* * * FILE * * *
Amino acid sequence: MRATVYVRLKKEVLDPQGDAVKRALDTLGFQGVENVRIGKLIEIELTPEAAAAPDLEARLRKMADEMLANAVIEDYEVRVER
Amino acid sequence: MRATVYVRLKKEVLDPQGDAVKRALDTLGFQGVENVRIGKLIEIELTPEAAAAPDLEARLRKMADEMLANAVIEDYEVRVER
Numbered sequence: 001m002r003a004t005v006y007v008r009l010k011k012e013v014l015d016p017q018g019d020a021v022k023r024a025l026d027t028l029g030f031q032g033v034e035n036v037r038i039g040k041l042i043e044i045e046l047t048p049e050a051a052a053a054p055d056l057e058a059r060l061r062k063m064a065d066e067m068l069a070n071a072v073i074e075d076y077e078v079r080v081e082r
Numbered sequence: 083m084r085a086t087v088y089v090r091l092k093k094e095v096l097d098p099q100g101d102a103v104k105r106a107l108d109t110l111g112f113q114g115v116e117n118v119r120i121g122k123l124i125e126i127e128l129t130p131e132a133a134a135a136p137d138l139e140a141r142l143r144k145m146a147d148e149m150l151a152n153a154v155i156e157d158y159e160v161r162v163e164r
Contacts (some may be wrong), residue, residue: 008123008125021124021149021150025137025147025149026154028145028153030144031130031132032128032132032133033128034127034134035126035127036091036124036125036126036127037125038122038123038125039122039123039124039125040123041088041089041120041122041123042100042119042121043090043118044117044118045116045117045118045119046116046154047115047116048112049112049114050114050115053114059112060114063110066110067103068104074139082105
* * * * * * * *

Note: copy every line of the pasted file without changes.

Amino acid sequence: MRATVYVRLKKEVLDPQGDAVKRALDTLGFQGVENVRIGKLIEIELTPEAAAAPDLEARLRKMADEMLANAVIEDYEVRVER
Amino acid sequence: MRATVYVRLKKEVLDPQGDAVKRALDTLGFQGVENVRIGKLIEIELTPEAAAAPDLEARLRKMADEMLANAVIEDYEVRVER
Numbered sequence: 001m002r003a004t005v006y007v008r009l010k011k012e013v014l015d016p017q018g019d020a021v022k023r024a025l026d027t028l029g030f031q032g033v034e035n036v037r038i039g040k041l042i043e044i045e046l047t048p049e050a051a052a053a054p055d056l057e058a059r060l061r062k063m064a065d066e067m068l069a070n071a072v073i074e075d076y077e078v079r080v081e082r
Numbered sequence: 083m084r085a086t087v088y089v090r091l092k093k094e095v096l097d098p099q100g101d102a103v104k105r106a107l108d109t110l111g112f113q114g115v116e117n118v119r120i121g122k123l124i125e126i127e128l129t130p131e132a133a134a135a136p137d138l139e140a141r142l143r144k145m146a147d148e149m150l151a152n153a154v155i156e157d158y159e160v161r162v163e164r
Contacts (some may be wrong), residue, residue: 008123008125021124021149021150025137025147025149026154028145028153030144031130031132032128032132032133033128034127034134035126035127036091036124036125036126036127037125038122038123038125039122039123039124039125040123041088041089041120041122041123042100042119042121043090043118044117044118045116045117045118045119046116046154047115047116048112049112049114050114050115053114059112060114063110066110067103068104074139082105